Mankind has accomplished incomparable wonders in making desert regions inhabitable by channeling in sources of fresh water.
Ingenuity in both infrastructure and technology is to thank for this often unheralded human feat.
Now leaders throughout our state wisely are attempting to channel ingenuity into satiating human needs in another type of desert.
We encourage the Indiana General Assembly and other Hoosier leaders to discuss and weigh multiple options for feeding the food deserts in our state.
Food deserts are defined by the federal government as areas in which at least 20 percent of residents live in poverty and a third live at least a mile away from a supermarket, if it's an urban neighborhood, or more than 10 miles away in rural areas.
Significant portions of northern Lake and LaPorte counties already are classified as food deserts. More Region census tracts are likely to qualify once federal data is updated to reflect the recent closure and consolidation of numerous Northwest Indiana grocery stores.
We also know proper nutrition — including regular fruits and vegetables — is a major struggle of people of low economic means. Some of that is cost, but lack of access to fresh produce also is a major contributor.
We're glad to see an interim study committee of the Indiana General Assembly taking up this crucial issue.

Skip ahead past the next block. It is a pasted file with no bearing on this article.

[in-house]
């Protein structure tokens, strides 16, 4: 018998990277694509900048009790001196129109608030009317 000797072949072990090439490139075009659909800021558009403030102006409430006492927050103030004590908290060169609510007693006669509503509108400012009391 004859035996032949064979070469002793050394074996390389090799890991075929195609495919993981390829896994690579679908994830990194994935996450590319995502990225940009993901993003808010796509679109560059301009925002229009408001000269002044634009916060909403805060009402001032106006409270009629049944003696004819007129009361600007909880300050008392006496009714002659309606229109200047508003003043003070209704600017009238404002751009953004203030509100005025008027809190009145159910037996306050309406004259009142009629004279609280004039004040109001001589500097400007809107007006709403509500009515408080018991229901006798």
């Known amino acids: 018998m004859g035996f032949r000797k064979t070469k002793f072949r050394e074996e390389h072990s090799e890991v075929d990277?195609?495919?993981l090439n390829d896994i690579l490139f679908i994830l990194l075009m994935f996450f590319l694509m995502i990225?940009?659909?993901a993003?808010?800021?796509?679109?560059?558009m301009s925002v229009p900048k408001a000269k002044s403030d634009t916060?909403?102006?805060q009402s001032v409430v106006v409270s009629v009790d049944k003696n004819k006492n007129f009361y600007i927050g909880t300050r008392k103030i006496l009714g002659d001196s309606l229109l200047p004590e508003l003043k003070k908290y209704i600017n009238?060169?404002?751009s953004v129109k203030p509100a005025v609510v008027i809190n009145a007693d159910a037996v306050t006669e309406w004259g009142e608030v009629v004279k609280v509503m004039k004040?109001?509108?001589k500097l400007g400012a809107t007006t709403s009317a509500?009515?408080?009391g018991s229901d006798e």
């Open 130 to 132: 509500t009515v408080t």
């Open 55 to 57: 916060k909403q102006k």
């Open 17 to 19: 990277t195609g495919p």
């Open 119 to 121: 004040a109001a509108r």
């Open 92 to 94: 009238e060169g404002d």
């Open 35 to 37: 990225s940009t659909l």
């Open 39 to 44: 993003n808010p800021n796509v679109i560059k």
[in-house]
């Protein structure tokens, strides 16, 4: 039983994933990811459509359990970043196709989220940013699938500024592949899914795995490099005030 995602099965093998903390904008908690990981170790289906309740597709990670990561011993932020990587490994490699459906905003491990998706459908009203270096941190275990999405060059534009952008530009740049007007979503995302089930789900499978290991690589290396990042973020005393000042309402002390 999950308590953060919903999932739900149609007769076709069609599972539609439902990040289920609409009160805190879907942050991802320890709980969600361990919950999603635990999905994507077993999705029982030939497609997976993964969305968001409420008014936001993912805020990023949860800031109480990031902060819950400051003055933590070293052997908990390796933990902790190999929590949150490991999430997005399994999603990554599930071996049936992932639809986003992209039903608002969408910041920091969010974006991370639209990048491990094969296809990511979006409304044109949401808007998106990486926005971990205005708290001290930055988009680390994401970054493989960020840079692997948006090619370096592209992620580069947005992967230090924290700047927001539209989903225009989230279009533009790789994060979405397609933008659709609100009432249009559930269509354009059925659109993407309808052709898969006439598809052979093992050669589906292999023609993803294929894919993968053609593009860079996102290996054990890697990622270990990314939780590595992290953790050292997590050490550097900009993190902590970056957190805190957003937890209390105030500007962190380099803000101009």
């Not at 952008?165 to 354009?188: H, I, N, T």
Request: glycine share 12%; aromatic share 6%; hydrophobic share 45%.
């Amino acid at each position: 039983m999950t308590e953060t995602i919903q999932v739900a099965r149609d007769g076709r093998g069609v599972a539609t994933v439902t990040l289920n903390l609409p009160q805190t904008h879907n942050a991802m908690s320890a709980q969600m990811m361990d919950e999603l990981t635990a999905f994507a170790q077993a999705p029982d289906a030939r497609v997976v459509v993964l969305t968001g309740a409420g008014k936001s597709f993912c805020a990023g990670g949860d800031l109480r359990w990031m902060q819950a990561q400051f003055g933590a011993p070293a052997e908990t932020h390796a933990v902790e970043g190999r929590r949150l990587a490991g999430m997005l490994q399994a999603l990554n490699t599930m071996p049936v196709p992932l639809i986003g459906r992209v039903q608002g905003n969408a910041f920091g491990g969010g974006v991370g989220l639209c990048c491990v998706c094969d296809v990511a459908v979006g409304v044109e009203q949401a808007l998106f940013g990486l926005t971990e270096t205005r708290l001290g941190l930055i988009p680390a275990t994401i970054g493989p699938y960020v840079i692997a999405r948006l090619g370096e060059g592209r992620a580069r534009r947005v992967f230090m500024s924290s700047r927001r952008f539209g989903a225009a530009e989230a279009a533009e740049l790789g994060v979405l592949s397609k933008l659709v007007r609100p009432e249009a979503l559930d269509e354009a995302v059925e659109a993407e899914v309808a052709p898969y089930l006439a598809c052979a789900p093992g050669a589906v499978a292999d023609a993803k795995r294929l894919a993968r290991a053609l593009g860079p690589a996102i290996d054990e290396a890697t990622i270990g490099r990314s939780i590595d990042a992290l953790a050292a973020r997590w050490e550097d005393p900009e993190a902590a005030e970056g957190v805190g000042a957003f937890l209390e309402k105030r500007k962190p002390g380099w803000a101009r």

The committee already has discussed and heard testimony on various ideas, including improving mass transit so people in underserved areas can travel to grocery stores, a state push to provide more fruits and vegetables to urban and rural food banks, and subsidies for the construction of grocery stores in qualifying food deserts.
The breadth of this problem requires the consideration of multiple ideas, not just one. A bill that would have provided subsidies for grocery store construction in underserved areas died in the Indiana House last legislative session.
But the ability for such businesses to succeed long-term in the underserved areas also must be weighed before such public investments are made.
The state is right to weigh multiple options in a quest to assuage food deserts. We look forward to watching progress on this important issue of public health and quality of life.